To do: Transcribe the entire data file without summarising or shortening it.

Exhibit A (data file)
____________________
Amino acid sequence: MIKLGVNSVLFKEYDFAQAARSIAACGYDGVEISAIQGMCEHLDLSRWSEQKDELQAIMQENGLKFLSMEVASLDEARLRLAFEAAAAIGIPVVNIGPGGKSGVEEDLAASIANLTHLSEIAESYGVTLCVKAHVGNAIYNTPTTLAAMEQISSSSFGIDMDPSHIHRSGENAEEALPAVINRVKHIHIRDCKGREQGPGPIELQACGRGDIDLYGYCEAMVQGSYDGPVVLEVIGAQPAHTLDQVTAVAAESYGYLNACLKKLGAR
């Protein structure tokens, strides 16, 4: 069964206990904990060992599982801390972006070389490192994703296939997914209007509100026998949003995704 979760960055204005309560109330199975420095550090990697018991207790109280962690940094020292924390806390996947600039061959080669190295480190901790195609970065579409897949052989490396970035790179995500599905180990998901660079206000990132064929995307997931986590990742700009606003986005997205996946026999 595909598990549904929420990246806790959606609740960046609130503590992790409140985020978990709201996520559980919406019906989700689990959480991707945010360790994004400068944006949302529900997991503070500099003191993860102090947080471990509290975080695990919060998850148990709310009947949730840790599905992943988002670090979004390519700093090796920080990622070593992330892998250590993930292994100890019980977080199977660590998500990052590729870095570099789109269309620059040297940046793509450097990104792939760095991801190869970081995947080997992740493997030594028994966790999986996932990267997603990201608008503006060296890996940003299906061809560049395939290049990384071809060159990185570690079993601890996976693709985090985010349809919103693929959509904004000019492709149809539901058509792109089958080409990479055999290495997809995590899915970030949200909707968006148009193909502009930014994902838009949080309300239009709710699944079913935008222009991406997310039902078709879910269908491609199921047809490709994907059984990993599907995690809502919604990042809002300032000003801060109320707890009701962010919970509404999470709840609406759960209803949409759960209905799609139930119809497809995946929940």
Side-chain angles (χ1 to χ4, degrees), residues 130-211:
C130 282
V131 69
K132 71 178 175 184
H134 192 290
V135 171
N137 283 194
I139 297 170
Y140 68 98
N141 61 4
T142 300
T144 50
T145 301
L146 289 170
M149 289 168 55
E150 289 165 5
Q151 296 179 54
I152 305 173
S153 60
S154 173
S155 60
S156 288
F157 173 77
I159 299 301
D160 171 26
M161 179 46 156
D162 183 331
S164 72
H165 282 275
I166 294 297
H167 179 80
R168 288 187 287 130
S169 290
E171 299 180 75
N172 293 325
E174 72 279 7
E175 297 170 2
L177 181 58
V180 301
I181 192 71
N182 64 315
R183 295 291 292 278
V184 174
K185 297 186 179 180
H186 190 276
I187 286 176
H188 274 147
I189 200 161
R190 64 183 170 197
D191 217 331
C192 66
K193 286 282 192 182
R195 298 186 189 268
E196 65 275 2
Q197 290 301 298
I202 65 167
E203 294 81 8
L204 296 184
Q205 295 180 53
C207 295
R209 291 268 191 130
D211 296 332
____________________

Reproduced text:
Amino acid sequence: MIKLGVNSVLFKEYDFAQAARSIAACGYDGVEISAIQGMCEHLDLSRWSEQKDELQAIMQENGLKFLSMEVASLDEARLRLAFEAAAAIGIPVVNIGPGGKSGVEEDLAASIANLTHLSEIAESYGVTLCVKAHVGNAIYNTPTTLAAMEQISSSSFGIDMDPSHIHRSGENAEEALPAVINRVKHIHIRDCKGREQGPGPIELQACGRGDIDLYGYCEAMVQGSYDGPVVLEVIGAQPAHTLDQVTAVAAESYGYLNACLKKLGAR
């Protein structure tokens, strides 16, 4: 069964206990904990060992599982801390972006070389490192994703296939997914209007509100026998949003995704 979760960055204005309560109330199975420095550090990697018991207790109280962690940094020292924390806390996947600039061959080669190295480190901790195609970065579409897949052989490396970035790179995500599905180990998901660079206000990132064929995307997931986590990742700009606003986005997205996946026999 595909598990549904929420990246806790959606609740960046609130503590992790409140985020978990709201996520559980919406019906989700689990959480991707945010360790994004400068944006949302529900997991503070500099003191993860102090947080471990509290975080695990919060998850148990709310009947949730840790599905992943988002670090979004390519700093090796920080990622070593992330892998250590993930292994100890019980977080199977660590998500990052590729870095570099789109269309620059040297940046793509450097990104792939760095991801190869970081995947080997992740493997030594028994966790999986996932990267997603990201608008503006060296890996940003299906061809560049395939290049990384071809060159990185570690079993601890996976693709985090985010349809919103693929959509904004000019492709149809539901058509792109089958080409990479055999290495997809995590899915970030949200909707968006148009193909502009930014994902838009949080309300239009709710699944079913935008222009991406997310039902078709879910269908491609199921047809490709994907059984990993599907995690809502919604990042809002300032000003801060109320707890009701962010919970509404999470709840609406759960209803949409759960209905799609139930119809497809995946929940």
Side-chain angles (χ1 to χ4, degrees), residues 130-211:
C130 282
V131 69
K132 71 178 175 184
H134 192 290
V135 171
N137 283 194
I139 297 170
Y140 68 98
N141 61 4
T142 300
T144 50
T145 301
L146 289 170
M149 289 168 55
E150 289 165 5
Q151 296 179 54
I152 305 173
S153 60
S154 173
S155 60
S156 288
F157 173 77
I159 299 301
D160 171 26
M161 179 46 156
D162 183 331
S164 72
H165 282 275
I166 294 297
H167 179 80
R168 288 187 287 130
S169 290
E171 299 180 75
N172 293 325
E174 72 279 7
E175 297 170 2
L177 181 58
V180 301
I181 192 71
N182 64 315
R183 295 291 292 278
V184 174
K185 297 186 179 180
H186 190 276
I187 286 176
H188 274 147
I189 200 161
R190 64 183 170 197
D191 217 331
C192 66
K193 286 282 192 182
R195 298 186 189 268
E196 65 275 2
Q197 290 301 298
I202 65 167
E203 294 81 8
L204 296 184
Q205 295 180 53
C207 295
R209 291 268 191 130
D211 296 332